Star Seeker: A Journey to Outer Space by Theresa Heine and Victor Tavares This picture book for young kids ages 4 and up is a rhyming adventure poem that takes the reader on a journey through the solar system. I love the how the constellations are pointed out and drawn to emulate the animals they are named for. Ride into the night sky with this unique blend of adventure, science and mythology. Readers will uncover the mysteries of the solar system while riding on the bridle of Pegasus and swimming across Jupiter’s seas.
Bug Off! Creepy, Crawly Poems by Jane Yolen, photographs by Jason Stemple This is the perfect way to lure young naturalists into the world of poetry. My first grade son looked warily at the book, but the bug photographs drew him in. He didn’t want to go to bed that night until we finished the book! In Bug Off! readers meet thirteen bugs in playful, humorous poems and startling, intimate photographs. Nonfiction prose paragraphs broaden the perspective: Children will learn how bees make honey, that many butterflies can taste food with their feet, that lovebugs can fly higher than the Empire State Building, and much more. The subjects will be familiar to kids—a fly, praying mantis, honeybee, butterfly, daddy longlegs, lovebug, dragonfly, tick, ladybug, spider, grasshopper, ants, and a swarm of bugs—but the poems, photographs, and nonfiction passages present them in eye-opening new ways. Includes an author’s note that encourages readers to write their own bug poems.
Congrats to Jill who won the new addition to this post, the picture book Our House is Round, plus a CD of harp music by the author and harpist Yolanda Kondonassis.
Our House Is Round: A Kid’s Book About Why Protecting Our Earth Matters by Yolanda Kondonassis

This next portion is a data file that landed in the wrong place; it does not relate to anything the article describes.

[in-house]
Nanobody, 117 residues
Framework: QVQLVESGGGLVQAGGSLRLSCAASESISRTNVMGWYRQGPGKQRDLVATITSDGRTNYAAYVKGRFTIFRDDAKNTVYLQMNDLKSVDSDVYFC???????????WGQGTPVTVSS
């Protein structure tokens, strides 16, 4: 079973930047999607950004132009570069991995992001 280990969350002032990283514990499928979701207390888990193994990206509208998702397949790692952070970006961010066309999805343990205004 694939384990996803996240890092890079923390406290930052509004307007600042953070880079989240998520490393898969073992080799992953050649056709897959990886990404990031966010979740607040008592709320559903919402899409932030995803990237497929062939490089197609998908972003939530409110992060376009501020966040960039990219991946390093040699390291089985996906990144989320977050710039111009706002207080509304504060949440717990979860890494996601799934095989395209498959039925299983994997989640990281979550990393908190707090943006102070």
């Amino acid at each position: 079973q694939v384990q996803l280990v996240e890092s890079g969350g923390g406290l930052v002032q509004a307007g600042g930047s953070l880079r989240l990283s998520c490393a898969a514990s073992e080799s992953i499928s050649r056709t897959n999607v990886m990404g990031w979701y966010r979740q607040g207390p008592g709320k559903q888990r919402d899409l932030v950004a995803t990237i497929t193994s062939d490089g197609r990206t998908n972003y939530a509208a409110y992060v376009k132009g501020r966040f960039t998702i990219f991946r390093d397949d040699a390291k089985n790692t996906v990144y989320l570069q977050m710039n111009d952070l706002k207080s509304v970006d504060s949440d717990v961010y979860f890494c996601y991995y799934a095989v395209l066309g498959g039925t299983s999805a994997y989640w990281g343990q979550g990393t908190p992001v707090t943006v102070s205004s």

Called “the perfect children’s introduction to environmental issues” by Fred Krupp, president of the Environmental Defense Fund, Our House Is Round gently guides young readers through a smartly narrated conversation illuminating the concept of global connection and environmental cause and effect. This book teaches the “whys” behind earth conservation in a colorful, positive way that encourages maturity, responsibility, and problem-solving discussion. Author Yolanda Kondonassis encourages children to answer questions about their planet and discusses the issues of global warming, recycling, energy conservation, planting trees, and more. This book is a must for every school and family library.
I really like how this book explains in terms of what a kid can understand that what comes around goes around. Our earth is round so things like pollution don’t go away even if we just move away to avoid it. It’s not so much as a wakeup call but just a clear explanation of the consequences of pollution that we must all face whether or not we caused it. Kids get that. I get that. And the answer is something we all can and should do daily: recycle!
Jenni who won Star Seeker
MrDHill who won Bug Off!
Margie who won Earth Friendly Buildings, Bridges and More
Rachel who won The Big Green Book of the Big Blue Sea
Ann who won Get Outside: The Kids Guide to Fun in the Great Outdoors!
They were the first 5 to leave a comment. I know I didn’t say that but sometimes the early bird gets the worm. Also, it just worked out so everyone got a book that they wanted.